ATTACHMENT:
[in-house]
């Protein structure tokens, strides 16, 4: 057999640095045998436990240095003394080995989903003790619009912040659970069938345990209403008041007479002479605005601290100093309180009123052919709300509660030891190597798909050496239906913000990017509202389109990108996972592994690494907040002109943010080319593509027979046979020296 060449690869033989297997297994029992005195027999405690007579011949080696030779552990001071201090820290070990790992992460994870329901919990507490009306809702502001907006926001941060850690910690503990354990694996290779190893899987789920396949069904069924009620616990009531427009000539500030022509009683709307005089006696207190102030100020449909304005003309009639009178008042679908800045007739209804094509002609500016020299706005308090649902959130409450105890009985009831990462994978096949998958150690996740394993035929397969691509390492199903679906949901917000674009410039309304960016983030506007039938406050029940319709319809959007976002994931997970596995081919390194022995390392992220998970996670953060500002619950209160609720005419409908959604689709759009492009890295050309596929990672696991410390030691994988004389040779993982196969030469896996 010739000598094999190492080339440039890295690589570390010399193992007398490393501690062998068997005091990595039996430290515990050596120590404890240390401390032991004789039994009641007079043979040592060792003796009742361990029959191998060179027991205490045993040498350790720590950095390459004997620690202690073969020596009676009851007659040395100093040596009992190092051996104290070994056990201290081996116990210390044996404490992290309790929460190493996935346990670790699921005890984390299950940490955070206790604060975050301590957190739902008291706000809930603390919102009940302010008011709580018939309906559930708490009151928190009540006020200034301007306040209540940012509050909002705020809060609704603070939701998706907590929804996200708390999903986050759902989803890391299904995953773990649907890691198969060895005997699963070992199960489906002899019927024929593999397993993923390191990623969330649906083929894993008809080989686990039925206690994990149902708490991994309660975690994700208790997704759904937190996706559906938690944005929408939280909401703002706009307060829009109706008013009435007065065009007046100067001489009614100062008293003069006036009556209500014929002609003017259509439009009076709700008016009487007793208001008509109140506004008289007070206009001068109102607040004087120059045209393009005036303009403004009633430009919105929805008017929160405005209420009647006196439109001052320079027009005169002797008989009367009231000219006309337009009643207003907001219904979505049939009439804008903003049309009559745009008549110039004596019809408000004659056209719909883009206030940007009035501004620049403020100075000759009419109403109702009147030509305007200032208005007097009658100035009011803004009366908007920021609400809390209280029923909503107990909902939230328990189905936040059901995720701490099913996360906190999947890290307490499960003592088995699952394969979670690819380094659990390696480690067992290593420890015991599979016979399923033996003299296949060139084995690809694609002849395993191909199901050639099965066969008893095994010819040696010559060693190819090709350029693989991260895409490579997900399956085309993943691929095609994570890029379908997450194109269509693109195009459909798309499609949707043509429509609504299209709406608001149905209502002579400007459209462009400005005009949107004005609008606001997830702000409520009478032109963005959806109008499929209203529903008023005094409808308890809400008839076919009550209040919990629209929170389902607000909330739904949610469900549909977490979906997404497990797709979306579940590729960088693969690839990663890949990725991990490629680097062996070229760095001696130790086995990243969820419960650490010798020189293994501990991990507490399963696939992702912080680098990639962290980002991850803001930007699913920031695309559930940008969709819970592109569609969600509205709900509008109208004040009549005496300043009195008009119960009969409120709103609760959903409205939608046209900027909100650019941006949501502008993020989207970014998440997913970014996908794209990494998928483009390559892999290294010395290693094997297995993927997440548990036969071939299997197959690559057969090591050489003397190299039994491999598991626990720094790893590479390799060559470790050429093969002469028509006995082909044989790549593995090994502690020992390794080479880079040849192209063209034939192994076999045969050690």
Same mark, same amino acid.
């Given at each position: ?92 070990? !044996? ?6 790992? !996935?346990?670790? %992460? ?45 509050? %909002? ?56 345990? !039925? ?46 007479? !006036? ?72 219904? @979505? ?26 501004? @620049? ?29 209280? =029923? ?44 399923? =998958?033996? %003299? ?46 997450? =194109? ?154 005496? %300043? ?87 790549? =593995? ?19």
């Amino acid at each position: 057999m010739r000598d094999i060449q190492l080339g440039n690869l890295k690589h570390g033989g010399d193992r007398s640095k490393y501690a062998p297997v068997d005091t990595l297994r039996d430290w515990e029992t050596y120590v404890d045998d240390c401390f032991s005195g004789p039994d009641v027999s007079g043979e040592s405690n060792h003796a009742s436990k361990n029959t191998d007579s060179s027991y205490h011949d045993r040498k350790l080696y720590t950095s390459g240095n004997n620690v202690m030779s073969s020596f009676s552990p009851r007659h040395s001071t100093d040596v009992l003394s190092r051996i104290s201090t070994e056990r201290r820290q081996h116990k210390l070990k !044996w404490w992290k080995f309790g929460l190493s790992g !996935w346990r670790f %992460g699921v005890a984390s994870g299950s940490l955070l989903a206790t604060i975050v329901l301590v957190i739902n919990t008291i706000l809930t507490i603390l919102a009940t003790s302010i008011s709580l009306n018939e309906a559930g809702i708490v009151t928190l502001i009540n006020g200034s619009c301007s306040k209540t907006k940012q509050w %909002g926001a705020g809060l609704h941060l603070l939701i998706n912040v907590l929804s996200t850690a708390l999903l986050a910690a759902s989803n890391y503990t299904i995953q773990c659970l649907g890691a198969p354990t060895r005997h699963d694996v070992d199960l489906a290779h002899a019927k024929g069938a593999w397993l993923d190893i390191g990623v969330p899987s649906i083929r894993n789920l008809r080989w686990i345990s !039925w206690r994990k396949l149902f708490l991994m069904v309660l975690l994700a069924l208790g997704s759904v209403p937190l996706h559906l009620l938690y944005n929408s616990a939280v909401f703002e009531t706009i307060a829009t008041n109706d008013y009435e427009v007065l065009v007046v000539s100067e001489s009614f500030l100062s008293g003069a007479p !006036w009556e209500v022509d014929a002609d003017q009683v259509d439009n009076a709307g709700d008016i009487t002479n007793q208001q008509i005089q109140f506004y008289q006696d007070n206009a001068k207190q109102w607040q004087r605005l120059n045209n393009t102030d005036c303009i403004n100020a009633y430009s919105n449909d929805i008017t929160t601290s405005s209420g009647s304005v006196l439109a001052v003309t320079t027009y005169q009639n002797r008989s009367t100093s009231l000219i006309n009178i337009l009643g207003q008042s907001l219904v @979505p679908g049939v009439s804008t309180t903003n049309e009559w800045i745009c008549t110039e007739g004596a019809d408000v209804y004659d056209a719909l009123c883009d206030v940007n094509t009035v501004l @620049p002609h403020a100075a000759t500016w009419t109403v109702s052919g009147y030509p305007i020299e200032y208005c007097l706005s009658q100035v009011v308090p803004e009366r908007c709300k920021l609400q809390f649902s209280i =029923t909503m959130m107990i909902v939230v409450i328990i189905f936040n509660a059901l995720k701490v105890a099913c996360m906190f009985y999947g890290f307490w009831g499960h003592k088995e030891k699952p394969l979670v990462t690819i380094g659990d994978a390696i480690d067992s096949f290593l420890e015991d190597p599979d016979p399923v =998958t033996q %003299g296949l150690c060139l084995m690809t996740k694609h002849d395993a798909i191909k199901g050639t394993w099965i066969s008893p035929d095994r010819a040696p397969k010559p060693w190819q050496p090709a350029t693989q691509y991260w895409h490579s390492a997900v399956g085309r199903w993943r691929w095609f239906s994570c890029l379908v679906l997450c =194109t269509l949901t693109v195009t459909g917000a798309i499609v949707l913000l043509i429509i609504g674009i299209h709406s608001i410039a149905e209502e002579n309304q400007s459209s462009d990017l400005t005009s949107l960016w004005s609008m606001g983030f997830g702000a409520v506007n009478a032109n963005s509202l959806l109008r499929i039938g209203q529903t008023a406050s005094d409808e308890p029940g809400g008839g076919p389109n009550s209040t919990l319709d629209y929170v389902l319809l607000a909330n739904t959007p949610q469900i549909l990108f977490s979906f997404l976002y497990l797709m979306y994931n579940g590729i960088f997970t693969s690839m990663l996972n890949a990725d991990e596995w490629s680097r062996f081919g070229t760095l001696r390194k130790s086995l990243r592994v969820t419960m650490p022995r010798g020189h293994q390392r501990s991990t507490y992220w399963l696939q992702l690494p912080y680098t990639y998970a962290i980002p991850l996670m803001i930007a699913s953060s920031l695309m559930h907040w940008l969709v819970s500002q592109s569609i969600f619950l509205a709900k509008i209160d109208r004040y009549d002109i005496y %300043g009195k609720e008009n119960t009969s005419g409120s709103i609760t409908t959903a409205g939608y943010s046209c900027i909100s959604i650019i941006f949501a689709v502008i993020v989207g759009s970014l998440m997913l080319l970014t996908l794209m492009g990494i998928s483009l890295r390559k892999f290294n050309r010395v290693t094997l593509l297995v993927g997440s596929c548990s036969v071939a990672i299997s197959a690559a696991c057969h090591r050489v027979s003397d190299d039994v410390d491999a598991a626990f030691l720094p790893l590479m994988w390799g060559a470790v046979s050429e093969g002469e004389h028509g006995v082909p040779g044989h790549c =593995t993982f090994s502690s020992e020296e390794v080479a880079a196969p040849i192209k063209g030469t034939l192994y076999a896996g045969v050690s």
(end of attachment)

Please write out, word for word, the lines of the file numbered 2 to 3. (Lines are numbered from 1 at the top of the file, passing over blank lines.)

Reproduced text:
């Protein structure tokens, strides 16, 4: 057999640095045998436990240095003394080995989903003790619009912040659970069938345990209403008041007479002479605005601290100093309180009123052919709300509660030891190597798909050496239906913000990017509202389109990108996972592994690494907040002109943010080319593509027979046979020296 060449690869033989297997297994029992005195027999405690007579011949080696030779552990001071201090820290070990790992992460994870329901919990507490009306809702502001907006926001941060850690910690503990354990694996290779190893899987789920396949069904069924009620616990009531427009000539500030022509009683709307005089006696207190102030100020449909304005003309009639009178008042679908800045007739209804094509002609500016020299706005308090649902959130409450105890009985009831990462994978096949998958150690996740394993035929397969691509390492199903679906949901917000674009410039309304960016983030506007039938406050029940319709319809959007976002994931997970596995081919390194022995390392992220998970996670953060500002619950209160609720005419409908959604689709759009492009890295050309596929990672696991410390030691994988004389040779993982196969030469896996 010739000598094999190492080339440039890295690589570390010399193992007398490393501690062998068997005091990595039996430290515990050596120590404890240390401390032991004789039994009641007079043979040592060792003796009742361990029959191998060179027991205490045993040498350790720590950095390459004997620690202690073969020596009676009851007659040395100093040596009992190092051996104290070994056990201290081996116990210390044996404490992290309790929460190493996935346990670790699921005890984390299950940490955070206790604060975050301590957190739902008291706000809930603390919102009940302010008011709580018939309906559930708490009151928190009540006020200034301007306040209540940012509050909002705020809060609704603070939701998706907590929804996200708390999903986050759902989803890391299904995953773990649907890691198969060895005997699963070992199960489906002899019927024929593999397993993923390191990623969330649906083929894993008809080989686990039925206690994990149902708490991994309660975690994700208790997704759904937190996706559906938690944005929408939280909401703002706009307060829009109706008013009435007065065009007046100067001489009614100062008293003069006036009556209500014929002609003017259509439009009076709700008016009487007793208001008509109140506004008289007070206009001068109102607040004087120059045209393009005036303009403004009633430009919105929805008017929160405005209420009647006196439109001052320079027009005169002797008989009367009231000219006309337009009643207003907001219904979505049939009439804008903003049309009559745009008549110039004596019809408000004659056209719909883009206030940007009035501004620049403020100075000759009419109403109702009147030509305007200032208005007097009658100035009011803004009366908007920021609400809390209280029923909503107990909902939230328990189905936040059901995720701490099913996360906190999947890290307490499960003592088995699952394969979670690819380094659990390696480690067992290593420890015991599979016979399923033996003299296949060139084995690809694609002849395993191909199901050639099965066969008893095994010819040696010559060693190819090709350029693989991260895409490579997900399956085309993943691929095609994570890029379908997450194109269509693109195009459909798309499609949707043509429509609504299209709406608001149905209502002579400007459209462009400005005009949107004005609008606001997830702000409520009478032109963005959806109008499929209203529903008023005094409808308890809400008839076919009550209040919990629209929170389902607000909330739904949610469900549909977490979906997404497990797709979306579940590729960088693969690839990663890949990725991990490629680097062996070229760095001696130790086995990243969820419960650490010798020189293994501990991990507490399963696939992702912080680098990639962290980002991850803001930007699913920031695309559930940008969709819970592109569609969600509205709900509008109208004040009549005496300043009195008009119960009969409120709103609760959903409205939608046209900027909100650019941006949501502008993020989207970014998440997913970014996908794209990494998928483009390559892999290294010395290693094997297995993927997440548990036969071939299997197959690559057969090591050489003397190299039994491999598991626990720094790893590479390799060559470790050429093969002469028509006995082909044989790549593995090994502690020992390794080479880079040849192209063209034939192994076999045969050690």
Same mark, same amino acid.